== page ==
• first we are going to create a "raw transaction" as follows, feel free to cut and paste this line into the small text entry box that has a ">" prompt to the left:createrawtransaction "[{\"txid\":\"f06feed8111dac8eebfd0f64157488e551a2d47f1c6679dbb0e77142c8f75290\",\"vout\":1}]" "{\"myeEsiV66AGaeoL8mQgDzJe8yQfCmNrtSX\":0.07}"BEFORE you paste this line, there are a couple of data items from your scratch file: replace the example txid, "f06feed8111dac8eebfd0f64157488e551a2d47f1c6679dbb0e77142c8f75290" with your transaction id, then replace the vout number 1 with your vout (vout's start at 0, then 1, etc.). Your vout will be 1 or 0, more than likely. Then replace the string, "myeEsiV66AGaeoL8mQgDzJe8yQfCmNrtSX" with your RECEIVING address from your NEW wallet. Be sure to retain the \"'s that surround the strings when replacing. Finally replace the 0.07 with the amount of bitcoin that you wish to send. IMPORTANT!!! This value MUST be slightly less than the total amount that you noted in step 5. The reason for this that you need to include a transaction fee. Here is an example of what to do. If you were sent 1.0 BTC and you want to re-send ALL of that bitcoin away from bitcoin core's wallet, then take 1.0 and subtract a reasonable transaction fee of .0001 BTC (about 4 cents), this leaves .9999 BTC to send. When this string is altered, paste it into the console window and hit "enter". If all goes well, you will get a  long string of characters representing a transaction. Paste this into your scratch text file. (this is an example):01000000019052f7c84271e7b0db79661c7fd4a251e5887415640ffdeb8eac1d11d8ee6ff00100000000ffffffff01c0cf6a00000000001976a914c6d30435b954bc0c245a3b38ff62266abc8744ec88ac00000000If you get an error, you probably removed a quote mark or backslash accidentally. Check over your string carefully and try again.
  • next, we will sign the transaction in preparation for broadcasting it. Copy the following line into the console after changing the key values (like before)signrawtransaction "01000000019052f7c84271e7b0db79661c7fd4a251e5887415640ffdeb8eac1d11d8ee6ff00100000000ffffffff01c0cf6a00000000001976a914c6d30435b954bc0c245a3b38ff62266abc8744ec88ac00000000" "[{\"txid\":\"f06feed8111dac8eebfd0f64157488e551a2d47f1c6679dbb0e77142c8f75290\",\"vout\":1,\"scriptPubKey\":\"76a9146692dcd58018576f4fd8466c70ded8b65520df8d88ac\"}]"the string in the example "01000000019052f7c84271e7b0db79661c7fd4a251e5887415640ffdeb8eac1d11d8ee6ff00100000000ffffffff01c0cf6a00000000001976a914c6d30435b954bc0c245a3b38ff62266abc8744ec88ac00000000" is the transaction that you created in step 13. The txid is the same one that you used in step 13 and also the same one you found in step 5. The vout is the same one that you used in step 13. The scriptPubKey is the one that you found in step 9. Copy that string into the console and hit "enter"If there were no errors, you should have a signed transaction! This was the though part. You just manually created a bitcoin transaction and used your private key to sign it. The output might look something like this: {"hex": "01000000019052f7c84271e7b0db79661c7fd4a251e5887415640ffdeb8eac1d11d8ee6ff0010000006b483045022100ded5b0407db31a8a807ea88200579afaeb3904b37dc59be1e5bd2c13be2bed04022073ea97ebb44182a721ebf610b7276ae8189eeeac43b665310643a8fa28f2c1d80121022a13f9cb0f5d9cf262afb16f7501b5f4eecbc87596189d8bbf4fe15745cc4ad6ffffffff01c0cf6a00000000001976a914c6d30435b954bc0c245a3b38ff62266abc8744ec88ac00000000", "complete": true}Common errors from this part include incorrectly choosing the scriptPubKey, missing a quote mark, or adding spaces in the string where there shouldn't be. In the case of errors, there will be an "errors" section in the output. An "unknown error" is indicative of not choosing the right scriptPubKey.This hex value can be sent directly to the Bitcoin network for inclusion in the blockchain. Copy that into your scratch text file.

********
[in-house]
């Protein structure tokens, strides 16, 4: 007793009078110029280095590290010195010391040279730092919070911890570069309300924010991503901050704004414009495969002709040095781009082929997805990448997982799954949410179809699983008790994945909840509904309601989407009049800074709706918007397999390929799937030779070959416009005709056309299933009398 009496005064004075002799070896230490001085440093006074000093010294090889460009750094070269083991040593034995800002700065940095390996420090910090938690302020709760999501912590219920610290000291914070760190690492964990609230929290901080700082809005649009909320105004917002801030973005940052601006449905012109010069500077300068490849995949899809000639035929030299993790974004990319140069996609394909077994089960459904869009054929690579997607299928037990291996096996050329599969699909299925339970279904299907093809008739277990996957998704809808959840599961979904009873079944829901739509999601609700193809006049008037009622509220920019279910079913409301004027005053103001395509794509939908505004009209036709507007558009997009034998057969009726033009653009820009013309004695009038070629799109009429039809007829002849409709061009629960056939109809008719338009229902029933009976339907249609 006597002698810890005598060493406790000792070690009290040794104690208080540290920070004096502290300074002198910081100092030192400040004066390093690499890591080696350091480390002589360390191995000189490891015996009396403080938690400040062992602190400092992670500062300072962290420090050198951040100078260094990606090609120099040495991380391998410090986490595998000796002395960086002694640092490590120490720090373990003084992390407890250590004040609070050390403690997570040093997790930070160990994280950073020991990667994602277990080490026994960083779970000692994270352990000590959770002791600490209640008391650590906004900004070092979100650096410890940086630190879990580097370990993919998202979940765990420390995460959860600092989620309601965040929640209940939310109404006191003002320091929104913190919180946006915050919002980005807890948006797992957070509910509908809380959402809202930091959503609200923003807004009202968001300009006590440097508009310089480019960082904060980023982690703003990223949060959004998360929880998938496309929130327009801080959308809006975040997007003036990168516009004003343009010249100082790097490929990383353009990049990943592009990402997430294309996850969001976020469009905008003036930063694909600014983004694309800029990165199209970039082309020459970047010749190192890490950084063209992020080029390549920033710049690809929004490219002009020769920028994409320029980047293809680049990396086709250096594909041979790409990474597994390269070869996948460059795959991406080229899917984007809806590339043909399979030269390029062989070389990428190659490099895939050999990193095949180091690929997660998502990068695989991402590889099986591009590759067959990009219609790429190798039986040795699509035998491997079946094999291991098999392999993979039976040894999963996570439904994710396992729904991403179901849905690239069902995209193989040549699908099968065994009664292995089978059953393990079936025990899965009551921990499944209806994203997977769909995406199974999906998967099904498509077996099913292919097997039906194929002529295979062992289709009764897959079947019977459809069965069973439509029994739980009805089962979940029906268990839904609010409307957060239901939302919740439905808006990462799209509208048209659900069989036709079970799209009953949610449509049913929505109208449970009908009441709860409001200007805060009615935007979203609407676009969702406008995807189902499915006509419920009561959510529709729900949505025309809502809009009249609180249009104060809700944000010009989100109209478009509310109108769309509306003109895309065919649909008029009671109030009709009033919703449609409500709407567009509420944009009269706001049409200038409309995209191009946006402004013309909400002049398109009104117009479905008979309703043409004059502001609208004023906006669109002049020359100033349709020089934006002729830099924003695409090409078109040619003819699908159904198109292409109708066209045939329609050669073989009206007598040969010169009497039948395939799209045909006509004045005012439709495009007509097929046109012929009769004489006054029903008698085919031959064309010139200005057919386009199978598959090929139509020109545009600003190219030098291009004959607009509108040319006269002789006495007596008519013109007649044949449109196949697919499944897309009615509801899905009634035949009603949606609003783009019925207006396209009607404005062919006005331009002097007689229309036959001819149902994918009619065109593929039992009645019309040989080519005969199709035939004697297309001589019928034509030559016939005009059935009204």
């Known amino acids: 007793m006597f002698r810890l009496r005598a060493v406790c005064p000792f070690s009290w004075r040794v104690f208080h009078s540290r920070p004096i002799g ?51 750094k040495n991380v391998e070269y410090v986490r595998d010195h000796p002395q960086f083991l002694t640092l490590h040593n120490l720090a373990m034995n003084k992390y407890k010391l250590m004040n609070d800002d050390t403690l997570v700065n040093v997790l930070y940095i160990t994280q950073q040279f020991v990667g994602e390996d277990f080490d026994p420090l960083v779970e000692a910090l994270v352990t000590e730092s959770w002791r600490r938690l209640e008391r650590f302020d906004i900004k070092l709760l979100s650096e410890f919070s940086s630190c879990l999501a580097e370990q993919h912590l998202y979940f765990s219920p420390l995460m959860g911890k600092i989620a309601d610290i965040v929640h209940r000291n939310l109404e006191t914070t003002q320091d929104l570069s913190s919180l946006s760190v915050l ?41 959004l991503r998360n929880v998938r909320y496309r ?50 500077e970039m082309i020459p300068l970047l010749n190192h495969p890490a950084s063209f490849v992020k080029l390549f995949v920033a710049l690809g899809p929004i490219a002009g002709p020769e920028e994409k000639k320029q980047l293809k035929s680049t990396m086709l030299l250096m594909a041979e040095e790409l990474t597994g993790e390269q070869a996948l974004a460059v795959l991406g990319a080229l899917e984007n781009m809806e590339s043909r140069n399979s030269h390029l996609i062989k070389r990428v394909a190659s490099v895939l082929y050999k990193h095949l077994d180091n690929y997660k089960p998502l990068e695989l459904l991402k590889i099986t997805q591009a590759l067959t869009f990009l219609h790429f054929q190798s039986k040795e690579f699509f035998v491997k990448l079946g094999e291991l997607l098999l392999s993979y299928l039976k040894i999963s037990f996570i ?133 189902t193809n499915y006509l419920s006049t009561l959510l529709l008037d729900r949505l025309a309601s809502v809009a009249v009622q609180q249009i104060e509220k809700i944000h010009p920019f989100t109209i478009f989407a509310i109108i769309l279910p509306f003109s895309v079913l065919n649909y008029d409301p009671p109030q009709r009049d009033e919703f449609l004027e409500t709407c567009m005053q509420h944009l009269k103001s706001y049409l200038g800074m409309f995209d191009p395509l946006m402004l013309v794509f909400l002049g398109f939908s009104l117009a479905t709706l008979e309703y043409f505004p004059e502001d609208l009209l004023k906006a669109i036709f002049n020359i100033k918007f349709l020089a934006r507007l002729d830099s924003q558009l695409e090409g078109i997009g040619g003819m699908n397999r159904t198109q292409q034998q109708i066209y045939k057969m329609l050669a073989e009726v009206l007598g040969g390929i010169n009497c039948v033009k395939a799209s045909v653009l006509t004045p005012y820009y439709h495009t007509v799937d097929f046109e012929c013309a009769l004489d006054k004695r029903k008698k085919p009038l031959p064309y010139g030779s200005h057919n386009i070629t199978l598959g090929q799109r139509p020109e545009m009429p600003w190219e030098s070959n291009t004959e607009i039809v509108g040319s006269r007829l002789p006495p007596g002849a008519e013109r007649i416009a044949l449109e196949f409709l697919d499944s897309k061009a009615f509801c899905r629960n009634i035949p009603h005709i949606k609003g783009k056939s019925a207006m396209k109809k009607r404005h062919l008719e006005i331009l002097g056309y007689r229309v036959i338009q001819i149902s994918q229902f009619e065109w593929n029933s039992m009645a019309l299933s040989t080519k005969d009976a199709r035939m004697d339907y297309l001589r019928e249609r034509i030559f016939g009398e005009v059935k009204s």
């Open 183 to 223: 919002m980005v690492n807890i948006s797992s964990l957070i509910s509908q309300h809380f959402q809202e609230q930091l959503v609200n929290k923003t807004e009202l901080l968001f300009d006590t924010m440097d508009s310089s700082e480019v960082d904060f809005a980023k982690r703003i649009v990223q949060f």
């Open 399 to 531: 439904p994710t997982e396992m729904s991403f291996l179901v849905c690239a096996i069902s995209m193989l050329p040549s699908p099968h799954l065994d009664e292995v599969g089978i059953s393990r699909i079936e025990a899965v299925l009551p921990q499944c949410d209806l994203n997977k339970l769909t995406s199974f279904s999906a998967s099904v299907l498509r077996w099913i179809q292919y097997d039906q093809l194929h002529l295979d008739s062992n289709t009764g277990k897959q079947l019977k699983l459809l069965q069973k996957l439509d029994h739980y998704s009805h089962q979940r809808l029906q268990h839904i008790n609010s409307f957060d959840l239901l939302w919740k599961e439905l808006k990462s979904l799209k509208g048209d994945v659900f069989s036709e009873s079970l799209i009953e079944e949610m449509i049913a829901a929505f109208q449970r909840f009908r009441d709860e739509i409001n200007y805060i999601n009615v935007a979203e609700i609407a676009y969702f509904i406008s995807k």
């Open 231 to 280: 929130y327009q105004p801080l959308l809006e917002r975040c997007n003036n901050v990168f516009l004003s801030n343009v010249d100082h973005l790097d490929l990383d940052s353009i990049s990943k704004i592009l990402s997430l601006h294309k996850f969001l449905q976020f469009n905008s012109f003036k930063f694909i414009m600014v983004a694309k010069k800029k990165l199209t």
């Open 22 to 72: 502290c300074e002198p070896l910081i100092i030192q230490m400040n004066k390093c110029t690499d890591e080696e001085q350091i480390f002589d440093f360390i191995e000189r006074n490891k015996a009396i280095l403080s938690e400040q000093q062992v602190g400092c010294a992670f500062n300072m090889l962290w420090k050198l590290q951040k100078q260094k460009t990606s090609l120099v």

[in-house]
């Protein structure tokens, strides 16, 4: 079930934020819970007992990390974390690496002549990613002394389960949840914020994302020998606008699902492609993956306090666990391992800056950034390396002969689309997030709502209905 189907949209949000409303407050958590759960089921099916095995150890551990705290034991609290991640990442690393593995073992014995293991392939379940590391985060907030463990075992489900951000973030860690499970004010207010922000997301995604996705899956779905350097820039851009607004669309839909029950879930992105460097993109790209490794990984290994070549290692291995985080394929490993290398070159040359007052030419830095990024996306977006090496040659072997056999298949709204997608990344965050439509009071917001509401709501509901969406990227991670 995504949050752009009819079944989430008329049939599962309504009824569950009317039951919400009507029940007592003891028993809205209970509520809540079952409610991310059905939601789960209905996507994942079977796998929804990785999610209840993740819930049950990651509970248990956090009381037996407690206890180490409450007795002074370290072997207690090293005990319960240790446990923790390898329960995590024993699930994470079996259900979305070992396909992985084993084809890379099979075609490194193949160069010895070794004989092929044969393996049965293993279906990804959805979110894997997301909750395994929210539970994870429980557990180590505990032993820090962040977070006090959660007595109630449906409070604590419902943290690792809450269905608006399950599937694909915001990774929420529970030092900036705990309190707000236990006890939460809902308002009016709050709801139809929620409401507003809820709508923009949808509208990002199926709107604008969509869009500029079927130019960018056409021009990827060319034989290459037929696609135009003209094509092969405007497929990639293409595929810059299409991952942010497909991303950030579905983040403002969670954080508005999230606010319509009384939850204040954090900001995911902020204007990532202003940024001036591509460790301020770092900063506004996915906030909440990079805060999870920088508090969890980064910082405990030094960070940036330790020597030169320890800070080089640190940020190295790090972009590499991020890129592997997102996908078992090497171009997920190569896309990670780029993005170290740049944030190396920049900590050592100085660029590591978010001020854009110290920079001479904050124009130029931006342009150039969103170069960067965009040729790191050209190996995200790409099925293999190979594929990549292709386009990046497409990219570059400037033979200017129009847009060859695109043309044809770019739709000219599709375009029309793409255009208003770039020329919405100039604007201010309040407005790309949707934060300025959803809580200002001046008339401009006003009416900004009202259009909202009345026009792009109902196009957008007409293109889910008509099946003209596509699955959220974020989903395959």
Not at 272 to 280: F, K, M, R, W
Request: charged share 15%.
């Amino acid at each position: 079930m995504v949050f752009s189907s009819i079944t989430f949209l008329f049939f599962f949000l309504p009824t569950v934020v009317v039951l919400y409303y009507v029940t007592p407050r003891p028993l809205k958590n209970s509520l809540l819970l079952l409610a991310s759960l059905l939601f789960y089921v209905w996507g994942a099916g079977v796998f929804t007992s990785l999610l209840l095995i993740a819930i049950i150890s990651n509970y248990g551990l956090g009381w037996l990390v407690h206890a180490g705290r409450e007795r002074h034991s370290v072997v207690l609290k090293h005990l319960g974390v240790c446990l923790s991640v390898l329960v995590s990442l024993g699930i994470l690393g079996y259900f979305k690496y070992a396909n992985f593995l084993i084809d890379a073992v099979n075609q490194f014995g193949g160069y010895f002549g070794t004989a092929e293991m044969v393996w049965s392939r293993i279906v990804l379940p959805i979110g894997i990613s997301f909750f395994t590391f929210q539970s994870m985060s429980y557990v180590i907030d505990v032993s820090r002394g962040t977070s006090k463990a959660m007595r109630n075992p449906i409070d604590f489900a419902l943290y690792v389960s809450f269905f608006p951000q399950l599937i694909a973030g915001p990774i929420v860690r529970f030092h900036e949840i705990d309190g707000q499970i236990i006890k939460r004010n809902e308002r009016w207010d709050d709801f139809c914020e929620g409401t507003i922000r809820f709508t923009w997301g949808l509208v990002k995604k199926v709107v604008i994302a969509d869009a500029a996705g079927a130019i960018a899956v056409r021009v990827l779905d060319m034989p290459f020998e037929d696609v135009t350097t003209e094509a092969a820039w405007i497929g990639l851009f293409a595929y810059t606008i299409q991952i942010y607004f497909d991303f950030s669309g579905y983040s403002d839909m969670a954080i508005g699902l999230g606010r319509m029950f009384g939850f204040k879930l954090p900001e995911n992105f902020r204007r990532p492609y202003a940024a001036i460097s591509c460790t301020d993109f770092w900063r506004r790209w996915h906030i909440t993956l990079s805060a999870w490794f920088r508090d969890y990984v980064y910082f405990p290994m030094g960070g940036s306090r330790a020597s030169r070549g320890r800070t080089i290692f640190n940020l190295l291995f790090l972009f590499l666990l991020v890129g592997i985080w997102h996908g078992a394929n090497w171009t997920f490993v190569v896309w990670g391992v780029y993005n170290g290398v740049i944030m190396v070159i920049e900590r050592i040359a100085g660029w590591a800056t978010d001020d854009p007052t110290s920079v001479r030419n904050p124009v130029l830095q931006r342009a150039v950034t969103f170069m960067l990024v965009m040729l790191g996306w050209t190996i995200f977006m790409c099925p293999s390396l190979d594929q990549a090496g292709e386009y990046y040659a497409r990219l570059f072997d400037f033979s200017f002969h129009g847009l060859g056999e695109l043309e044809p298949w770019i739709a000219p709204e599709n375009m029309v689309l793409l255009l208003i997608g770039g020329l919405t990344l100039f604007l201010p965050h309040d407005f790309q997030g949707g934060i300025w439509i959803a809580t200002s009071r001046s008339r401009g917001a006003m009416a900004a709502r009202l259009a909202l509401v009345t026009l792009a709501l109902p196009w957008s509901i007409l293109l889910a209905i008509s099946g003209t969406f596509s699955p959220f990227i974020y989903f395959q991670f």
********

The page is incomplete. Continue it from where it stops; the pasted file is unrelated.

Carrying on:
• now,  we need a way to broadcast this transaction without having a connection to the peer-to-peer network directly. Luckily Insight can also broadcast your transaction.
  • You should then see a new incoming transaction in your new wallet
  • You can repeat the process for each address sent to bitcoin core that has unspent outputs.